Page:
Paul Ryan Says Taxes Should Be Raised to Pre-Bush-Tax-Cut Levels. But the Republicans Will Opt Instead For the “Sequester.” Unless, Of Course, the Koch Brothers Intervene.

There were three big political stories that came out of David Gregory’s fabulously interesting interview of Paul Ryan aired last Sunday on Meet the Press.  One was that Ryan said:

Well, we can debate the efficacy of Keynesian economics or not. And I don’t obviously believe– I think the debt is pretty clear it doesn’t work.

Another was that he said that if Bill Clinton were president, we would have solved the budget-deficit problem, a statement that he presumably bases on the fact that when Bill Clinton was president, he solved the budget-deficit problem.

The third headline-grabber from that interview was that the Republicans will allow the “sequester” to take effect, presumably because they think it’s pretty clear that Keynesian economics doesn’t work, and because Bill Clinton is not longer president.  If Bill Clinton were president, the Republicans would allow him to raise tax rates to the level he did in 2001, this time without having to have the vice president cast the 51st vote in the Senate for the tax increase, and with enough Republican votes in the House to allow a vote on the tax increase.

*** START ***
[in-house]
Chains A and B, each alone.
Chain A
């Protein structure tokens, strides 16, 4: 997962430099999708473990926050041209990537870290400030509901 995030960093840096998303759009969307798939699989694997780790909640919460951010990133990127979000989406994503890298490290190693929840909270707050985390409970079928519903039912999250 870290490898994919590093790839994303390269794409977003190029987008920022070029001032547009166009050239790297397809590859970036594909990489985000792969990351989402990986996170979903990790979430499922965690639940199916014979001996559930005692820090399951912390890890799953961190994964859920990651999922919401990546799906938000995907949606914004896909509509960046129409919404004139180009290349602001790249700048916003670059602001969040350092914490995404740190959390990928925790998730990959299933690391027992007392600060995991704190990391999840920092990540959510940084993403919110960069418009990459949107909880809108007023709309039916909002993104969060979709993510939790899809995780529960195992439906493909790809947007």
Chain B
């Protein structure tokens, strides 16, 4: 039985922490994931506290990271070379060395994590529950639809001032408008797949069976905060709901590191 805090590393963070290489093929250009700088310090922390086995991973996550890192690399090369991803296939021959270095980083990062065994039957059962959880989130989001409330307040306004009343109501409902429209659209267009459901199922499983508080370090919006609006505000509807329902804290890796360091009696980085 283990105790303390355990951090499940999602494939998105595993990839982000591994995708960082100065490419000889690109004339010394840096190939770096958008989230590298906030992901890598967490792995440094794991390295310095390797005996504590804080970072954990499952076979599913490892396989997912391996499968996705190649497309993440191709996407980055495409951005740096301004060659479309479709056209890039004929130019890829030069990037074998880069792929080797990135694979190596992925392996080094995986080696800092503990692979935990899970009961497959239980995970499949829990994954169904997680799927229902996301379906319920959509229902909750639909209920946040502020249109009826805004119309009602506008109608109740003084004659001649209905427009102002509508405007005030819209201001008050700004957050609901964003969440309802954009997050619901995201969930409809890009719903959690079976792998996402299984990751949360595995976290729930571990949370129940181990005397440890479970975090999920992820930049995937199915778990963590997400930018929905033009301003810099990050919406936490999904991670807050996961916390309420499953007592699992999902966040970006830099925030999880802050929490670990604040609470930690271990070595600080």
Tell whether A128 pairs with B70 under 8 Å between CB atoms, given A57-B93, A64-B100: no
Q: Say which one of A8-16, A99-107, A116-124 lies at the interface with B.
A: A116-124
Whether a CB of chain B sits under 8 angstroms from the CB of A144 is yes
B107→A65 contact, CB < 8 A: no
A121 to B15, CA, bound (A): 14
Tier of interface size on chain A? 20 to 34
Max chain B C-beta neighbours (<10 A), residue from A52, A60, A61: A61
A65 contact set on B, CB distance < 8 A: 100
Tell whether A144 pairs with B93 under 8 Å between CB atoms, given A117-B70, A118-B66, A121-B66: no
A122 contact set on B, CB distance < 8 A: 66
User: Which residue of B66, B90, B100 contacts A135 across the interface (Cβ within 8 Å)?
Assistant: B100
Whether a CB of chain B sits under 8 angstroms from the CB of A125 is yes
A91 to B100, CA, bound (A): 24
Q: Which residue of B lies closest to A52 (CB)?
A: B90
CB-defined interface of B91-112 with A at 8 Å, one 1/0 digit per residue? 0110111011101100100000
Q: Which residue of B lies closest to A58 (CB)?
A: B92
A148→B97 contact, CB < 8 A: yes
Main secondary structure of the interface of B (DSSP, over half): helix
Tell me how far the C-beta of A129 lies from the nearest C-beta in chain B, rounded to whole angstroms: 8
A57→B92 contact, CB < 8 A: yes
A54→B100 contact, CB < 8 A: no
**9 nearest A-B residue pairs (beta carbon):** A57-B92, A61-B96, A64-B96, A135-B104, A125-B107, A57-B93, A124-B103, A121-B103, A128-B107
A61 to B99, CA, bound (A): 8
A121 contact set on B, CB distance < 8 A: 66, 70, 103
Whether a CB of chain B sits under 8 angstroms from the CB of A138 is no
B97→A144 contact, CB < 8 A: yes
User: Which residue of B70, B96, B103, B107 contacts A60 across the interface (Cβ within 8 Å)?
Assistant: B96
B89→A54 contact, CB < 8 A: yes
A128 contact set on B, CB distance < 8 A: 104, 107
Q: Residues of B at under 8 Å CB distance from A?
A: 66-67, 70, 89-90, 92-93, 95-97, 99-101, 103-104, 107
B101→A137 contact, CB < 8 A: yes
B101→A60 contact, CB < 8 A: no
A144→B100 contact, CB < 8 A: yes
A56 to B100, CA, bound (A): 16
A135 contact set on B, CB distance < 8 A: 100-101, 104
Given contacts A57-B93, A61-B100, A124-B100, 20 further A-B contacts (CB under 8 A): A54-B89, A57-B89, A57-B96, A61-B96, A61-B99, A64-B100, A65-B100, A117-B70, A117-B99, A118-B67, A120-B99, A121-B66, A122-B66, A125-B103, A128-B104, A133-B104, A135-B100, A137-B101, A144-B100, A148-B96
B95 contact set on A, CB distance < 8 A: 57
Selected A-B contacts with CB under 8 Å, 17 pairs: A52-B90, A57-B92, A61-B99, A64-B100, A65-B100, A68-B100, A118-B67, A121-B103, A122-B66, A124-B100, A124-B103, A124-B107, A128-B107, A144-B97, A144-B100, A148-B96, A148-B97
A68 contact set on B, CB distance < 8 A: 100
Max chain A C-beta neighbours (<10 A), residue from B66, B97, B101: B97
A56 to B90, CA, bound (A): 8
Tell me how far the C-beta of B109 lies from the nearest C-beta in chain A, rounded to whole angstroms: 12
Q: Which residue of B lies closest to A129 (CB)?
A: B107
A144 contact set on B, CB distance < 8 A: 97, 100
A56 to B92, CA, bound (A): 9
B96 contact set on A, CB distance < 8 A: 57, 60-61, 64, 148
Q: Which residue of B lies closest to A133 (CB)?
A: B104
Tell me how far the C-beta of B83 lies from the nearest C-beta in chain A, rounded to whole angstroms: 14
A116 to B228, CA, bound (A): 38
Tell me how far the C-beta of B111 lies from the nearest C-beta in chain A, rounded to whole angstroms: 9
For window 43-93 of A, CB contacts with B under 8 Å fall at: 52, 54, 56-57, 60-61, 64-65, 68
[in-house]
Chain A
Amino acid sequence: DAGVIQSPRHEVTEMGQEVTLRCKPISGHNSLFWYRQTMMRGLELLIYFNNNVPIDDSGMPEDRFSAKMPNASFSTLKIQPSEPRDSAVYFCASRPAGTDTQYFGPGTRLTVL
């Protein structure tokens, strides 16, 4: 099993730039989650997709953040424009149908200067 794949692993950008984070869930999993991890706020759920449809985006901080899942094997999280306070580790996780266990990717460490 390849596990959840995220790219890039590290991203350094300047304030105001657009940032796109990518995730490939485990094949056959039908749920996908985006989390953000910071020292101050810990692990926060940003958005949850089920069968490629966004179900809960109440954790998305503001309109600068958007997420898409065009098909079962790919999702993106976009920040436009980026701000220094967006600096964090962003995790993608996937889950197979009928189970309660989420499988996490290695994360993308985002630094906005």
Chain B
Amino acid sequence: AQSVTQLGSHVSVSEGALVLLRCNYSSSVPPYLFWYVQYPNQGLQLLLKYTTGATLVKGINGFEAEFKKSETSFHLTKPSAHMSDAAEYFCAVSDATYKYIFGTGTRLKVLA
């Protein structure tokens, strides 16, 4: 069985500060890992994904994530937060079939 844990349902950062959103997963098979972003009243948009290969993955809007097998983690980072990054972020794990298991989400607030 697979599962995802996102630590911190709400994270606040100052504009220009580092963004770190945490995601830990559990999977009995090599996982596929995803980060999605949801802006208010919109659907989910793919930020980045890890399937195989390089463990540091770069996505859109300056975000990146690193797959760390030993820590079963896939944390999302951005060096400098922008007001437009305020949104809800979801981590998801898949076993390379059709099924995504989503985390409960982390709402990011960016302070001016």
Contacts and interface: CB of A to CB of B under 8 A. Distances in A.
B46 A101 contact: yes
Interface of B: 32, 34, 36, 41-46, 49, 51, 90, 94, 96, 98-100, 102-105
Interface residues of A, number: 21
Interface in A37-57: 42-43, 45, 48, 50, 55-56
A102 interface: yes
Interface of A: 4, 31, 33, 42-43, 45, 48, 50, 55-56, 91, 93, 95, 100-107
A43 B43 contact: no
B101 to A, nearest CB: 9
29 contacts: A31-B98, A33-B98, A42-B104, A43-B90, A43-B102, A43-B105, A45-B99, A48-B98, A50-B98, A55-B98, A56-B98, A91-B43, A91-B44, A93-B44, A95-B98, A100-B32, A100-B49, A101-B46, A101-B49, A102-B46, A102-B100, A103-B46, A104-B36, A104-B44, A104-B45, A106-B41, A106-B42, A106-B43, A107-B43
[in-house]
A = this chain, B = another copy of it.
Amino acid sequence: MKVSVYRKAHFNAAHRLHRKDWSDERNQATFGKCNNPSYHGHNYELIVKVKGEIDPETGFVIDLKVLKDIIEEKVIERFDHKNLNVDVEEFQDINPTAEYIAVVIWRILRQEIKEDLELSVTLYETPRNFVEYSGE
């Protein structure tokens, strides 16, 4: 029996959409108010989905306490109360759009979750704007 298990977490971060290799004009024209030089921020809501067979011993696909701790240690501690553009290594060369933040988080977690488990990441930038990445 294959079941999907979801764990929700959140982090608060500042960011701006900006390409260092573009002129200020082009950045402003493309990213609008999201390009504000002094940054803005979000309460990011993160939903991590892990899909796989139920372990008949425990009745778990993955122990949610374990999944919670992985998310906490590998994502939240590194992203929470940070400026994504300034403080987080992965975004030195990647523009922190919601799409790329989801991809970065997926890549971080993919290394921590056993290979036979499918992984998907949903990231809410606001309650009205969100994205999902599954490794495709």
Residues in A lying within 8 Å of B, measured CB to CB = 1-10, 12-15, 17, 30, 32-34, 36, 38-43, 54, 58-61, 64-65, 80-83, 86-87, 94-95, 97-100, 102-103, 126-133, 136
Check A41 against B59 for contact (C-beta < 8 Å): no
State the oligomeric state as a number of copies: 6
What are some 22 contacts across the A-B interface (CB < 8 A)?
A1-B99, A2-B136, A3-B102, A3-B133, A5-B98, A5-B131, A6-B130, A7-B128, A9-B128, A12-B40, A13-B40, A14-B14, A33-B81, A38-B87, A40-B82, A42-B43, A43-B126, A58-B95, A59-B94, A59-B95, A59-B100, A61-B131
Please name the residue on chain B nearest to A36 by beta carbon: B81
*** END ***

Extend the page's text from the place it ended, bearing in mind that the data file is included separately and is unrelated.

In other words, if Bill Clinton were president, Ryan and his compadres would not keep refusing to allow the Bush tax cuts on annual incomes of less than $450,000, and tax cuts on corporations, capital gains, and dividends, to expire.  But because Obama, rather than Clinton, is president, they won’t. They should be allowed to expire, Ryan says.  But they won’t be allowed to expire, because Obama is president.

Instead, the Republicans will opt to test out the the efficacy of Keynesian economics, or not–depending, probably, on whether the Koch Brothers pick up the phone and disabuse Ryan of his belief that Keynesian economics doesn’t work.  Before Wall Street does.  

Here’s what I obviously don’t believe: That if Ryan actually obviously doesn’t believe–thinks the debt is pretty clear it doesn’t work–he has even basic knowledge of past and current economic fact.

I’ll take his word for it that he was being truthful about his belief. But I sort of expect that the Koch brothers and others will educate him and other congressional Republicans who hold that belief, very soon.

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